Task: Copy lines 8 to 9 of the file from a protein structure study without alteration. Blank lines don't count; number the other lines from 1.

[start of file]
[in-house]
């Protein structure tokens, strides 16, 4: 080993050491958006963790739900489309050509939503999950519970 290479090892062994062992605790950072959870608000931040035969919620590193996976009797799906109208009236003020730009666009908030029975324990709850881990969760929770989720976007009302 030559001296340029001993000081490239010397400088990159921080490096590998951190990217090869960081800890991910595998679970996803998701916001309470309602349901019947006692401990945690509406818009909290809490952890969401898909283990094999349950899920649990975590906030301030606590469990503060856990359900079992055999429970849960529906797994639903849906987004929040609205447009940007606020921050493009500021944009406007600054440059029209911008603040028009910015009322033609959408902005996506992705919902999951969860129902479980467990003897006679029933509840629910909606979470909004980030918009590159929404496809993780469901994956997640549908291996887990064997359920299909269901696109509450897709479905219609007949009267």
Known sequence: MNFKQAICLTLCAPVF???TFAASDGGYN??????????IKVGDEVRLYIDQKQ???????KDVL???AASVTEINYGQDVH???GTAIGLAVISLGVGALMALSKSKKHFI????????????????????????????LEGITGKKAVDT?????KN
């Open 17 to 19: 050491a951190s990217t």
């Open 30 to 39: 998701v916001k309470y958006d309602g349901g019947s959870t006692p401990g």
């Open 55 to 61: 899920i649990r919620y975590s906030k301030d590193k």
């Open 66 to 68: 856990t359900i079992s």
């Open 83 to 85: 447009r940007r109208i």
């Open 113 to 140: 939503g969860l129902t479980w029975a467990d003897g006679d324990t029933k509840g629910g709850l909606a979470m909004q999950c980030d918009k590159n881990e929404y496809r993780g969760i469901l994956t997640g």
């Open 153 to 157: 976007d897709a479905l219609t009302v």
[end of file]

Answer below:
């Open 83 to 85: 447009r940007r109208i």
């Open 113 to 140: 939503g969860l129902t479980w029975a467990d003897g006679d324990t029933k509840g629910g709850l909606a979470m909004q999950c980030d918009k590159n881990e929404y496809r993780g969760i469901l994956t997640g």